Stipe Miocic defends his UFC heavyweight title for a record-setting fourth time this Saturday night at UFC 226 against Daniel Cormier.
Cormier, 39, is the current UFC light heavyweight champion and has only tasted defeat during his illustrious nine-year career against one man: Jon Jones. Miocic will have a stiff test against Cormier, who is a former Strikeforce Heavyweight Grand Prix champion and is making his return to the heavyweight division for the fight. A win would allow Cormier to add the UFC Heavyweight title to his pedigree, as he looks to further cement his legacy as one of the greatest fighters in the history of mixed martial arts.
The 35-year-old Miocic is still a part-time firefighter, and he spoke with Sports Illustrated while at the Valley View Fire Department in Valley View, Ohio, during an event with Modelo.
Miocic discussed the upcoming fight with Cormier, the potential of a future fight with Brock Lesnar, touched on whether he would ever consider a jump to WWE, and gave an answer as to whether he will allow UFC president Dana White to wrap the belt around his waist if he is victorious on Saturday night.
Justin Barrasso: Daniel Cormier presents many challenges. What do you respect most about him?
SM: Cormier is a great fighter. He’s done so well throughout his career and he’s been around so long. It’s an amazing fight for both of us, it’s a super fight. He is very tough, but so am I. He’s going to figure out on July 7 that he has bit off more than he can chew.
JB: Your team had you far better prepared than your opponent, Francis Ngannou, in your most recent fight at UFC 220, which served as an integral ingredient in your record-setting victory. How confident are you in your team for this fight?
SM: The reason I’m here is because of my team. I know this is an individual sport, but to succeed, you need a team. And I have my wife, my family, my friends, and my team. That’s why I am where I’m at, it’s a real team effort.
JB: No one has been able to defeat Cormier other than Jon Jones. Did you reach out to Jones for any advice?
SM: No, my coaches handle all the training. I trust my coaches, they have a great eye and have put together a great game plan. You’ll see it on July 7.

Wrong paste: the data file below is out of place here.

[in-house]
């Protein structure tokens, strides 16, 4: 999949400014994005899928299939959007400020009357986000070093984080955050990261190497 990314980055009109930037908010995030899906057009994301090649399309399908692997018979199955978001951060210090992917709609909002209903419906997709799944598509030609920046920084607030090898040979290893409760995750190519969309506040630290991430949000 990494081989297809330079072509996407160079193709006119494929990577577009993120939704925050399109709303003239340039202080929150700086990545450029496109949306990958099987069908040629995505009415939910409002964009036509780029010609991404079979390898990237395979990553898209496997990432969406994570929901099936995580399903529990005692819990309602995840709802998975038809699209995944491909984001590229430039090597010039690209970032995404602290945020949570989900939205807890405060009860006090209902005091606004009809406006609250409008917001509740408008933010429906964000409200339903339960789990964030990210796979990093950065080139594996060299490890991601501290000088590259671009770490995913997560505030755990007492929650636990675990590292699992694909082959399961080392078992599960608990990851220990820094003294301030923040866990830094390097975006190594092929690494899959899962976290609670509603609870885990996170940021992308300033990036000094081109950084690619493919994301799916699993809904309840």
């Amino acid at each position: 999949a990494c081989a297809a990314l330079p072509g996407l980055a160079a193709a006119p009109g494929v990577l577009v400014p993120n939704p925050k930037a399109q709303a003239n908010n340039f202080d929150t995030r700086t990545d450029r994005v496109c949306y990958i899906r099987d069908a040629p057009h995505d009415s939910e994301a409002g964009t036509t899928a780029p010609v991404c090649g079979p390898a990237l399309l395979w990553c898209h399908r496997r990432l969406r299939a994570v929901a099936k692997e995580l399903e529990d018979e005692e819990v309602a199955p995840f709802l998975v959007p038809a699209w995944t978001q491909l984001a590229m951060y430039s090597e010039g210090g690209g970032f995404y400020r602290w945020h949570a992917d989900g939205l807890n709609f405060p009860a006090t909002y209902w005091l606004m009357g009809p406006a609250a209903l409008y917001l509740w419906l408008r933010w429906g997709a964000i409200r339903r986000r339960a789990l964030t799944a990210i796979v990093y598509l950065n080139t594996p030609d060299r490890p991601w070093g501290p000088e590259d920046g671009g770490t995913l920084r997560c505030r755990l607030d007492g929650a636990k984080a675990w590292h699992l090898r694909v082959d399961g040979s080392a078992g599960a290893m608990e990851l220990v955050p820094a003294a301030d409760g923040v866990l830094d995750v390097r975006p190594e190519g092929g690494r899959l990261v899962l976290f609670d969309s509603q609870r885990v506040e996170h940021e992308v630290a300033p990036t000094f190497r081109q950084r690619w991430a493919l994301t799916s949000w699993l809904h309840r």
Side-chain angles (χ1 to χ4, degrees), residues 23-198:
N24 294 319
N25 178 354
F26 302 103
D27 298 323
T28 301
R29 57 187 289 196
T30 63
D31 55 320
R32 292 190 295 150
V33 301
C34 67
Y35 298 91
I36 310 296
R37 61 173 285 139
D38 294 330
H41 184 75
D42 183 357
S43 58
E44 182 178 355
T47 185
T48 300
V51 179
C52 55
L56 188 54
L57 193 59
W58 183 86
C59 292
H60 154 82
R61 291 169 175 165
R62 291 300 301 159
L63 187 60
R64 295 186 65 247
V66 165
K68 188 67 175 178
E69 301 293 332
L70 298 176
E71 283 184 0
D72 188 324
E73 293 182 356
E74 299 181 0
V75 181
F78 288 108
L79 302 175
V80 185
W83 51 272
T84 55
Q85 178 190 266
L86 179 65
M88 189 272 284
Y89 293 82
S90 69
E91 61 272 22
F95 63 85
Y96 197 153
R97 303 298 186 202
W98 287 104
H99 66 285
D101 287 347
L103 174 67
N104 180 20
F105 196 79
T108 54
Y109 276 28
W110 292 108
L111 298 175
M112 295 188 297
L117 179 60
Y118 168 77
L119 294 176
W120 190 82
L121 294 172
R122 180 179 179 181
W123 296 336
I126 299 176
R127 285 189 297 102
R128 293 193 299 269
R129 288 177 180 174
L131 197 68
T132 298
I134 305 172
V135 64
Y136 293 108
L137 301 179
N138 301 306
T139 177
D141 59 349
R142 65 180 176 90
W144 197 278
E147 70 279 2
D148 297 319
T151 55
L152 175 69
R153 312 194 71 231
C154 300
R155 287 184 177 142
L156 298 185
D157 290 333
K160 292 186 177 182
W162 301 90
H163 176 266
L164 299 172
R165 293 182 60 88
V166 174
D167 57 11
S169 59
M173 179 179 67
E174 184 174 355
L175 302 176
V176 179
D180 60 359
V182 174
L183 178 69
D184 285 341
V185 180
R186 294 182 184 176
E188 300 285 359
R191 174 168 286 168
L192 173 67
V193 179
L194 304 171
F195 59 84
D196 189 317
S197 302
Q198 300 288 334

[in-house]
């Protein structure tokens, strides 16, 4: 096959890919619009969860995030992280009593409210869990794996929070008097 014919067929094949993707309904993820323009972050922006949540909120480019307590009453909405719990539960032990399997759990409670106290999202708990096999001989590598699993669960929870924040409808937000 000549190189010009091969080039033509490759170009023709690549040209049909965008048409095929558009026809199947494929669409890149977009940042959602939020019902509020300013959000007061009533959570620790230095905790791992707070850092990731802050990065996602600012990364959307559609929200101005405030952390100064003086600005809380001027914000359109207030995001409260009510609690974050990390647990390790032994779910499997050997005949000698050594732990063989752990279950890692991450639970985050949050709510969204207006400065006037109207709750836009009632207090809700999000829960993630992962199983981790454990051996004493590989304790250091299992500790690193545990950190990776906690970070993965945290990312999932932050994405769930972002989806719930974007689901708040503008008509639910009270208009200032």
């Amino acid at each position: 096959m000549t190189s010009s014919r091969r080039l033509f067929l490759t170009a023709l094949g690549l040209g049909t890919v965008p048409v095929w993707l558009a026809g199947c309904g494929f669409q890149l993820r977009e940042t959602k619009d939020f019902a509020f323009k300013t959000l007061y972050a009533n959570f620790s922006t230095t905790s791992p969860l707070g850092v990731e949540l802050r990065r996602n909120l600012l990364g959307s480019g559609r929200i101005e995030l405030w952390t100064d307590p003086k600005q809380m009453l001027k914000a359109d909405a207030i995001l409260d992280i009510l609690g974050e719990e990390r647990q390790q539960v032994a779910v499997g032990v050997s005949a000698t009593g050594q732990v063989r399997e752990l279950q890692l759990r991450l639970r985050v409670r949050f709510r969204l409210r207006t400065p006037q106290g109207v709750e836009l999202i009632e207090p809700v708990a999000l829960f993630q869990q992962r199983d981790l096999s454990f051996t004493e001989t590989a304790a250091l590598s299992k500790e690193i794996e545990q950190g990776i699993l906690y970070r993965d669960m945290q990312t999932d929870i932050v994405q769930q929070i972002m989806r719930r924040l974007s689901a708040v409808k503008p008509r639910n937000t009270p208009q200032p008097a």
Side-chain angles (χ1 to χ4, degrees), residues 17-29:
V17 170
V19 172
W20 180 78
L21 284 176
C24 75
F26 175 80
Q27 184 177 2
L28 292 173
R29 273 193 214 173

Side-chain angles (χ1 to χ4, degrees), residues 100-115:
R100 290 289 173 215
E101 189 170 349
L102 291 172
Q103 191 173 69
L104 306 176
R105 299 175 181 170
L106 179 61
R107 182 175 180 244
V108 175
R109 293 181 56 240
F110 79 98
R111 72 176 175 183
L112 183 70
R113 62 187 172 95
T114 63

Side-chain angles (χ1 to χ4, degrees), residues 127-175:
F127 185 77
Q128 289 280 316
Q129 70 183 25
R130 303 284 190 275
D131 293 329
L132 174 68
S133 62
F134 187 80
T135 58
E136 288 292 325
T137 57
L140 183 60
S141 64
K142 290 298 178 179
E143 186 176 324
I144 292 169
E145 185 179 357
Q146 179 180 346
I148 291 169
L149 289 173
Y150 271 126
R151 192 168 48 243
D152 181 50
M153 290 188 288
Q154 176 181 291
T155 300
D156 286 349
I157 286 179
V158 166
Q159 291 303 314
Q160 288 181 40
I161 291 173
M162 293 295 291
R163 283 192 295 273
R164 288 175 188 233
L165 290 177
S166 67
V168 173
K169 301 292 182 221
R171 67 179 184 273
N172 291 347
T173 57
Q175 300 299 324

JB: Is there an expiration date on heavyweight champions? You have already set the record for successful title defenses. What is the secret to your success?
SM: I’m like a fine wine that gets better with age.
I don’t know, it’s my body and my coaches. We just pushed through a caveman training. I listen to my body, and my coaches see if I’m going too hard or not doing what I’m supposed to. But that’s why I’m always training and always in shape.
JB: Would you ever consider a run in the WWE?
SM: Never say never. If the paycheck is good, I’ll do it. Look at Ronda Rousey, she’s been great. We’re similar because we both have that fighting spirit.
JB: Even without re-entering the USADA testing pool, Brock Lesnar looms as a future opponent. What are your thoughts on Lesnar?
SM: I don’t worry about Brock Lesnar. I am only focused on July 7. After I take care of business, then you can ask me all the questions you want about him.
JB: You caused some controversy after your UFC 220 fight in Boston when you did not want UFC president Dana White to wrap the belt around your waist following your victory. If you are successful in this fight against Cormier, will you allow Dana White to do the honors?
SM: We’ll figure that out, we’ll see how I feel.
JB: What about the Modelo brand makes you proud to support it?
SM: It’s their mentality, which is all about the fighting spirit. That’s what I am all about. They started at the bottom and worked their way up. They’re the fastest growing beer around, and in my opinion, one of the best beers around. They’re amazing to work with, and very caring and kind. It is a breath of fresh air to find that in the world today.
JB: Firefighting and fighting, when done correctly, share similar values since both are uniquely important fields with humble workers. What connections do you make between the two?
SM: I just love being a firefighter. It’s a passion. I wanted to become a firefighter before I became a mixed martial artist. Fighting is a job that goes beyond the Octagon, it’s a way of life. The same applies with firefighting. They both share that same mentality, staying calm and cool in every situation. Firefighters are just normal people who just go out every day and every night, no matter the situation, no matter the call, just to help.
I’m just so grateful for all of the support. The fans of the mixed martial arts world are so diehard and so loyal. I’m very lucky. My fans understand me. I don’t talk the kind of smack that other people do, which disappoints some, but I’m just myself. My fans are authentic, and that means so much to me.
Justin Barrasso can be reached at JBarrasso@gmail.com. Follow him on Twitter @JustinBarrasso.